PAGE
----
A special needs child requires much from those around him - patience, attention and love. Dental health is one more important need. Often dental care is delayed because of the pressures of more immediate health problems.

A healthy mouth is an important part of total health. It can improve eating, speaking, and how the child looks and feels about herself. A diseased mouth can cause the following:

• Difficulty in chewing and swallowing which can take the pleasure out of eating, and lead to a poor diet;

• Decayed teeth and swollen, bleeding gums, which are foul smelling, unhealthy, and often painful to the child;

• Poor speech that can interfere with schoolwork and making friends.

Dental disease is almost 100% preventable. Preventing dental disease is especially important for individuals with special needs. Getting to the dental office can be more difficult, and restoring the mouth is often more complicated. Dentures are not always possible. People with uncontrolled muscle movements may not be able to learn to keep a partial or complete denture in place.


SPECIAL NEEDS CHILDREN ARE AT GREATER RISK FOR DENTAL DISEASE.

There are a number of reasons why children with disabilities are more likely to have dental disease. Some of these are:

Oral conditions. Some genetic disorders or very high fevers in young children can cause defects in tooth enamel that make decay more likely. Congenitally missing teeth and teeth that do not align properly are often seen in children with cleft palates. Gum problems often occur in children with Down’s Syndrome.

Physical limitations. Children who cannot chew or move their tongues properly do not benefit from the natural cleaning action of the tongue, cheek, and lip muscles. Children with disabilities, especially those with poor motor coordination (such as spinal cord injuries, muscular dystrophy, or cerebral palsy) may not be able to clean their own teeth or use the usual brushing and flossing methods.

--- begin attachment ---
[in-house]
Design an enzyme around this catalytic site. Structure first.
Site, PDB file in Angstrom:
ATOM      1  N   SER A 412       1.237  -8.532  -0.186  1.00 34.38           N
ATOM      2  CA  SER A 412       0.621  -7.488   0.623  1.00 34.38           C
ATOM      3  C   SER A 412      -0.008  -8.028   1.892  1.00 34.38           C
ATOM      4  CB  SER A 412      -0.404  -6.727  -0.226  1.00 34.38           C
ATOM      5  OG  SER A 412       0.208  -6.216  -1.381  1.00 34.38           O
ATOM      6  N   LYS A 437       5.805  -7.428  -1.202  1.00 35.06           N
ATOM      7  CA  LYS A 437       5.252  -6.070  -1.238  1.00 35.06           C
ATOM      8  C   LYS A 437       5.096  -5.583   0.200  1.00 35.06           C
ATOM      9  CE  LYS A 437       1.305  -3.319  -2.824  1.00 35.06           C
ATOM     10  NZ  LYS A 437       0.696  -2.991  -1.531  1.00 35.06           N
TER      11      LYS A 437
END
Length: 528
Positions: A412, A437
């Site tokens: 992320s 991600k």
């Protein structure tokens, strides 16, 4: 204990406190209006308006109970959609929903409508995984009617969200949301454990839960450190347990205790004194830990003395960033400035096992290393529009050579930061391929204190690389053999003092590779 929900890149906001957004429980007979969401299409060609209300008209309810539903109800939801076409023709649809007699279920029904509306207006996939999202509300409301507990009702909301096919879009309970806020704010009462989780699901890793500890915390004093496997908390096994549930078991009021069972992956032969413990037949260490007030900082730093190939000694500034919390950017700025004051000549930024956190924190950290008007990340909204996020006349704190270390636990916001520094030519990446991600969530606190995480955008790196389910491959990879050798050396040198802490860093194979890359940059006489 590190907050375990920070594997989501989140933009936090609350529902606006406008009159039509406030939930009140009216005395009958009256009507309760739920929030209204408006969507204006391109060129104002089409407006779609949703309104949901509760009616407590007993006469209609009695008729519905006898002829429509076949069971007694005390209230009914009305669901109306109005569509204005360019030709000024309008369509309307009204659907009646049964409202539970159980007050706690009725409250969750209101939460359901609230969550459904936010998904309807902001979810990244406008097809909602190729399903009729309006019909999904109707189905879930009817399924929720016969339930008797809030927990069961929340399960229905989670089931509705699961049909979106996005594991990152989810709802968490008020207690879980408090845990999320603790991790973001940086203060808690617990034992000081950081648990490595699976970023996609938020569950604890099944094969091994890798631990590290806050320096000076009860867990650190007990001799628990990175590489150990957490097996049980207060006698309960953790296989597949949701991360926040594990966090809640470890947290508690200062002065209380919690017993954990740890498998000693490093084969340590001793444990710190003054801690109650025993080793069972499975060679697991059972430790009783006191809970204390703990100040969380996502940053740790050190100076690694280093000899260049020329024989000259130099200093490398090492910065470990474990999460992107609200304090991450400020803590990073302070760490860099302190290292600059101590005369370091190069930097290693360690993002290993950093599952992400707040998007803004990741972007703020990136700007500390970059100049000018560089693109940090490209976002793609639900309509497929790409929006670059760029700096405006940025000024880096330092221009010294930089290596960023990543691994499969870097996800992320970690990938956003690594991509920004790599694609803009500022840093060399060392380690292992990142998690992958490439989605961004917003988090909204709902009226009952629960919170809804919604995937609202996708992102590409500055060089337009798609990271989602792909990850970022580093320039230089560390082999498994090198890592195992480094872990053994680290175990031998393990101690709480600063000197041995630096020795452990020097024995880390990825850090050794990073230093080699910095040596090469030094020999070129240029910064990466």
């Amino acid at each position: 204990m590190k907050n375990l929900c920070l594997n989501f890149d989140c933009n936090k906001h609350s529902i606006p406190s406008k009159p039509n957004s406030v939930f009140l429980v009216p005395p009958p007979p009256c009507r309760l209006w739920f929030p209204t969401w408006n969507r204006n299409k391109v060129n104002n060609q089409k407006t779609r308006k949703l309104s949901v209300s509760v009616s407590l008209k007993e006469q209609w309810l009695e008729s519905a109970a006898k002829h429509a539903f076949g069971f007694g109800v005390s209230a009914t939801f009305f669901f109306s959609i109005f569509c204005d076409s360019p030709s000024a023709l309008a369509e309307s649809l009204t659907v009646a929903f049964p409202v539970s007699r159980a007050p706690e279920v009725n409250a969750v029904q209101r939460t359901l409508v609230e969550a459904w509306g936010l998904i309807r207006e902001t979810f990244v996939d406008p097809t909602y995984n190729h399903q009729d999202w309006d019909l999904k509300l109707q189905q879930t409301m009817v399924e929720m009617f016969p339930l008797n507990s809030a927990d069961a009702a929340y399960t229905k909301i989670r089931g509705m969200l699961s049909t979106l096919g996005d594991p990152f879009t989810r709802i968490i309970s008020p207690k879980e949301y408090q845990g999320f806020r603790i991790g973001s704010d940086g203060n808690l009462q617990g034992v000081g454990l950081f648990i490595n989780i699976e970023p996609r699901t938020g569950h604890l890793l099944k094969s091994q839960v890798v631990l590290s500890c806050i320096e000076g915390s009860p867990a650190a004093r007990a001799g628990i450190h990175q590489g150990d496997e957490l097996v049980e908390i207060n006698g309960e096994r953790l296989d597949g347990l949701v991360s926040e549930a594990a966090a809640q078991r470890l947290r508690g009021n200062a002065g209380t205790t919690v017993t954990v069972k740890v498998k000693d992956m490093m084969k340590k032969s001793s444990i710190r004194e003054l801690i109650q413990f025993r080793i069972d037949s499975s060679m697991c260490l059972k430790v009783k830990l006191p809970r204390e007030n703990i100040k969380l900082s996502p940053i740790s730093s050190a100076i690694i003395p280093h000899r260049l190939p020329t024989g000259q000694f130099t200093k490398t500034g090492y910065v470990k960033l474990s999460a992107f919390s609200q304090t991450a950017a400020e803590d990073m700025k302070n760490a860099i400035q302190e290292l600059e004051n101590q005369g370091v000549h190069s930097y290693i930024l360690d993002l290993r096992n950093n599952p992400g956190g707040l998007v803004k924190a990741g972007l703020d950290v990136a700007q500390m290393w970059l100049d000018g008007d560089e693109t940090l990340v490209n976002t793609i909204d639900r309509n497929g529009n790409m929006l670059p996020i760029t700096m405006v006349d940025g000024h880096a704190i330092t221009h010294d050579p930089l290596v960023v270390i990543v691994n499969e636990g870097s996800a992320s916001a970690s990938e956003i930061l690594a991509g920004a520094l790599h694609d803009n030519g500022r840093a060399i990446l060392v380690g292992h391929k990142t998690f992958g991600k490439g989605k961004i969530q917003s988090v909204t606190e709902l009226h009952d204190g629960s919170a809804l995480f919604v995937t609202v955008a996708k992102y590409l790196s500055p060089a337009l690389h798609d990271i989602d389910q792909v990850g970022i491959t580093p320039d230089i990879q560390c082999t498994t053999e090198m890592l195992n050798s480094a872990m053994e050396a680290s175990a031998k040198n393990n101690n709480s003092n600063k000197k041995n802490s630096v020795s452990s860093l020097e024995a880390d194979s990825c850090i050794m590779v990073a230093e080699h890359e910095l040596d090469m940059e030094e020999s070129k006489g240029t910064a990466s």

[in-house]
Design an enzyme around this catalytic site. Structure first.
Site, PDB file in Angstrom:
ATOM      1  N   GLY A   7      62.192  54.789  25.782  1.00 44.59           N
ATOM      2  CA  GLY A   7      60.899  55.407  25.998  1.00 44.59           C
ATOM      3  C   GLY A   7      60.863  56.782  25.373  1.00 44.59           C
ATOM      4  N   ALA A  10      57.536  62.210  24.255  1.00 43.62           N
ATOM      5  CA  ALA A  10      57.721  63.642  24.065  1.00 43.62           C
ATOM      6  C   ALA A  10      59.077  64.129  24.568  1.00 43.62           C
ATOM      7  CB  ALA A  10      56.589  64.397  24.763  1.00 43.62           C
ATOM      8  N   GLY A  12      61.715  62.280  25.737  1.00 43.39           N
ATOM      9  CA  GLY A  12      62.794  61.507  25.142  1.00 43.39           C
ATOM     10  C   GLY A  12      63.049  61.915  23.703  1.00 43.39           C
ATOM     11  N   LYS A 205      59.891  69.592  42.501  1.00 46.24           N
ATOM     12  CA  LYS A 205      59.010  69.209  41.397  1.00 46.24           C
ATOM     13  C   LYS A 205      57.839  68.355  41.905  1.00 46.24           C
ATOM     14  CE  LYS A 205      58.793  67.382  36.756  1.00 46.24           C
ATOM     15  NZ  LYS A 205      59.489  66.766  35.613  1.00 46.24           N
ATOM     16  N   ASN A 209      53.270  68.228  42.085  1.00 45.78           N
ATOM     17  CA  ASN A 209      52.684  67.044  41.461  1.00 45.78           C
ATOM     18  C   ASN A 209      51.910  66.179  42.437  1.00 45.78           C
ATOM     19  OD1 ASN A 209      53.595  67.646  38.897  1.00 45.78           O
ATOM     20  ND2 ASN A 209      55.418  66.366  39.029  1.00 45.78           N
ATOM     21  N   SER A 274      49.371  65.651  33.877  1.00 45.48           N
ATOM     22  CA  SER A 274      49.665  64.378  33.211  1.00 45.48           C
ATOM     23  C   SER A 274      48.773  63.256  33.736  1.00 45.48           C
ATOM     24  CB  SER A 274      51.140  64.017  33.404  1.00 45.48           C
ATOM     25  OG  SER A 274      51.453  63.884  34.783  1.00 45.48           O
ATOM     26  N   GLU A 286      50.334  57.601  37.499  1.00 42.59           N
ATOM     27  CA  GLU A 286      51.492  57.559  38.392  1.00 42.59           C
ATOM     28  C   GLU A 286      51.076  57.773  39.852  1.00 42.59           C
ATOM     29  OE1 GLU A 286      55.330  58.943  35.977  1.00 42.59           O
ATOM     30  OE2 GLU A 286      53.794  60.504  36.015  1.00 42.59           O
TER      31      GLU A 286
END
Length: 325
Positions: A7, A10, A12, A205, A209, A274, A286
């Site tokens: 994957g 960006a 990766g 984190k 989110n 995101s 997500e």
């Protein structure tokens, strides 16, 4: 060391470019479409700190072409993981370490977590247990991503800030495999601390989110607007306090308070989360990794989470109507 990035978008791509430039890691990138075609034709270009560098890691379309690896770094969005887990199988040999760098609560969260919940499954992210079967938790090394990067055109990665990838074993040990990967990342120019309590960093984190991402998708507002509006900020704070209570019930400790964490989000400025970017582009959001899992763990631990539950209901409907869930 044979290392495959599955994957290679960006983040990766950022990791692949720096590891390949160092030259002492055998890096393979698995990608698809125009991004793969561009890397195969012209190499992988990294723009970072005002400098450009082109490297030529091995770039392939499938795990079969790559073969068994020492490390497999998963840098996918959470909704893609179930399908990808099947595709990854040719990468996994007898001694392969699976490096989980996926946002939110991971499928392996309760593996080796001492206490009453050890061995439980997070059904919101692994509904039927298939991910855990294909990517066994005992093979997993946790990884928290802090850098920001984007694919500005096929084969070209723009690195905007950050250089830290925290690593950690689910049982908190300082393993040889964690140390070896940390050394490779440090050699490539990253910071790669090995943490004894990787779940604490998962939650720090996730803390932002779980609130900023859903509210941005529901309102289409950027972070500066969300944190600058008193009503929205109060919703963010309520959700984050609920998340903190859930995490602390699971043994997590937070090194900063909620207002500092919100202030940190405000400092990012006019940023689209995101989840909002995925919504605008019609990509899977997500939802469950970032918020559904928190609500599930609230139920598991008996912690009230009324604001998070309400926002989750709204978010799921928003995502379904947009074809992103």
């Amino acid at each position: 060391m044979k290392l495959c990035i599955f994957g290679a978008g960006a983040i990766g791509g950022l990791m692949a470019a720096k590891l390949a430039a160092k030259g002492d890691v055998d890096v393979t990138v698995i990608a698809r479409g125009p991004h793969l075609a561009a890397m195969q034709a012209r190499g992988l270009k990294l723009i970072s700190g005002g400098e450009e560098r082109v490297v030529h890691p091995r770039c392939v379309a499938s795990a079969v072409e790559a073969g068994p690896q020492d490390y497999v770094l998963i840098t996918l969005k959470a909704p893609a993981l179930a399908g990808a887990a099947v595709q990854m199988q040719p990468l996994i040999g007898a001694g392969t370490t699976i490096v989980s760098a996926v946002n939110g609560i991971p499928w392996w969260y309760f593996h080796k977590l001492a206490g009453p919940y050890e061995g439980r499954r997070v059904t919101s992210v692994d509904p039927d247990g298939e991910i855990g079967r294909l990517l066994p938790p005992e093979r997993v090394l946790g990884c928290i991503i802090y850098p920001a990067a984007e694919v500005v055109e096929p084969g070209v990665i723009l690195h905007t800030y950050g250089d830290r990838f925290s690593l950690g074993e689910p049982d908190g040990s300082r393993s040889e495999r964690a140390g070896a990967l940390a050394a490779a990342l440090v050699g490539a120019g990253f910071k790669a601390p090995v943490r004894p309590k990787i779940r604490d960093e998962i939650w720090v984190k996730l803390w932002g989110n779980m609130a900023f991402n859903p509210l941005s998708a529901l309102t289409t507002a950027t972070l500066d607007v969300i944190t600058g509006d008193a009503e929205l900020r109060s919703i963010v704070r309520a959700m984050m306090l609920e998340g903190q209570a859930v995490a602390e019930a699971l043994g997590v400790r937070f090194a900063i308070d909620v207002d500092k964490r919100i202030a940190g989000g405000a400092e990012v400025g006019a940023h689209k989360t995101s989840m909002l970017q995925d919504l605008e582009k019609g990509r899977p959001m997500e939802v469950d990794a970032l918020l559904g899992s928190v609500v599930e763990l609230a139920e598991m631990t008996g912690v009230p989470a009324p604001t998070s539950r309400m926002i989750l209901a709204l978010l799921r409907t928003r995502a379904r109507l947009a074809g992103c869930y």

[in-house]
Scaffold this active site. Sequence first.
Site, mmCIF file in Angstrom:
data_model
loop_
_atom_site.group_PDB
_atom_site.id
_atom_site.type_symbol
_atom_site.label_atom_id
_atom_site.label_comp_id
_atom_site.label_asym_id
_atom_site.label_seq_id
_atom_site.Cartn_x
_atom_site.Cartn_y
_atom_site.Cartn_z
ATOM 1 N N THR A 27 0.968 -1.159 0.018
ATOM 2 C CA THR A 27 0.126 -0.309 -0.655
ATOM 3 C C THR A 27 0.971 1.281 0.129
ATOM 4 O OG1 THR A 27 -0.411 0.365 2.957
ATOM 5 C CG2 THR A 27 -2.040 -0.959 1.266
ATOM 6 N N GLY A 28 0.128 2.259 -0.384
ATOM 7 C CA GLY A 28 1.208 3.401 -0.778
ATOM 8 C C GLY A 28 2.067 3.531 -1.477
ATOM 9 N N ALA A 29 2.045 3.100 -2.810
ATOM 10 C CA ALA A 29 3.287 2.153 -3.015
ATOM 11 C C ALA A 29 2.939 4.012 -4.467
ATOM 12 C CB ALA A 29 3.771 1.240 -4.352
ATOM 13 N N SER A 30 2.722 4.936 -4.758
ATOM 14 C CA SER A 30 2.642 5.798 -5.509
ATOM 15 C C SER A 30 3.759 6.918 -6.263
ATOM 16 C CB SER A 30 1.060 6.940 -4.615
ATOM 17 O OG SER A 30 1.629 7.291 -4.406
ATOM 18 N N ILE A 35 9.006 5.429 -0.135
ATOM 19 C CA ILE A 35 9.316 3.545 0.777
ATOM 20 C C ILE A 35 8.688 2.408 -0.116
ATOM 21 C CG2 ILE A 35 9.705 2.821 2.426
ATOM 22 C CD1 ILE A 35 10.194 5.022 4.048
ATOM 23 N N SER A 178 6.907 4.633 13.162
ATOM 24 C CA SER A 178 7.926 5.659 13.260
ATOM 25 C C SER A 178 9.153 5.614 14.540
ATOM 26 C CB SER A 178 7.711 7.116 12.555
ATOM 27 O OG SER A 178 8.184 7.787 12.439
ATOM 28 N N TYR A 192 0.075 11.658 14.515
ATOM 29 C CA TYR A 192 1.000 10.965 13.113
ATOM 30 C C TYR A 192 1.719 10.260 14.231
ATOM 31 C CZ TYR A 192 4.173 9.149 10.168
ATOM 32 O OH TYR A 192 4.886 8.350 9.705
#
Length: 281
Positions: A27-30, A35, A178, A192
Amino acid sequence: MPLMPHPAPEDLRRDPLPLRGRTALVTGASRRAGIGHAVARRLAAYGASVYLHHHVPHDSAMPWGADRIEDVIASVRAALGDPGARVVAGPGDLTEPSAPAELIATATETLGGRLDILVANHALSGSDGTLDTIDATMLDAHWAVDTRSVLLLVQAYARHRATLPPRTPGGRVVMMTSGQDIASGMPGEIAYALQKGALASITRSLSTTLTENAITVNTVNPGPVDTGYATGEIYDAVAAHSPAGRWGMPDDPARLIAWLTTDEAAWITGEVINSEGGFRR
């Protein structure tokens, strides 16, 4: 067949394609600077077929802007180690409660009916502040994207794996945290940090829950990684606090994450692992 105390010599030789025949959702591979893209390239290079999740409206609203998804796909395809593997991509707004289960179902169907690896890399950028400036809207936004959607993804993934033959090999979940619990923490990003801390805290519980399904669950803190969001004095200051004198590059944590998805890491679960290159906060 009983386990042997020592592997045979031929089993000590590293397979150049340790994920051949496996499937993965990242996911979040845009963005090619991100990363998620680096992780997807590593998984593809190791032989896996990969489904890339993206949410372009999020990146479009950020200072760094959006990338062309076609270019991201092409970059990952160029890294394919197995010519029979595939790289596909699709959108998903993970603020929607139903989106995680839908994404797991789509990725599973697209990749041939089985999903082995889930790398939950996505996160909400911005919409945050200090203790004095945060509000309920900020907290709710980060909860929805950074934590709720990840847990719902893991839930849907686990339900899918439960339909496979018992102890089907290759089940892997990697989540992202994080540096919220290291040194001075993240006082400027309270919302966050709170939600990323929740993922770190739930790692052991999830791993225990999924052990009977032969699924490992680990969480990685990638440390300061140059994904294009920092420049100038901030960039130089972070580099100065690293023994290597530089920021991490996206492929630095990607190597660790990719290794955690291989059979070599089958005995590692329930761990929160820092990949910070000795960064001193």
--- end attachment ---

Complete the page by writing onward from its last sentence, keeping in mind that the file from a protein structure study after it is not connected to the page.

Special diets. Children who have difficulty chewing and swallowing may often eat puréed foods, which tend to stick to their teeth. Frequent eating of sugary foods or sleeping with a bottle of formula, milk or juice can increase the chances for tooth decay. Children who need help drinking may drink less fluids than other children, so they do not have enough fluids in their mouth to help wash away food particles.

Medications. Medications using syrup or sugar to sweeten the taste can cause tooth decay if they are taken for a long time. Some anti-seizure medications may cause bleeding or enlarged gums. Excessive gum growth can hamper chewing and speech and lead to gum disease. Sedatives, barbiturates, antihistamines, and drugs used for muscle control may reduce saliva flow. With less saliva, there is less cleansing action to help protect the teeth against cavities. Aspirin, taken in large doses, and dissolved in the mouth before swallowing, can provide an acidic environment, which can cause tooth decay. Antibiotics should be prescribed cautiously because they can stain or discolor newly erupting teeth.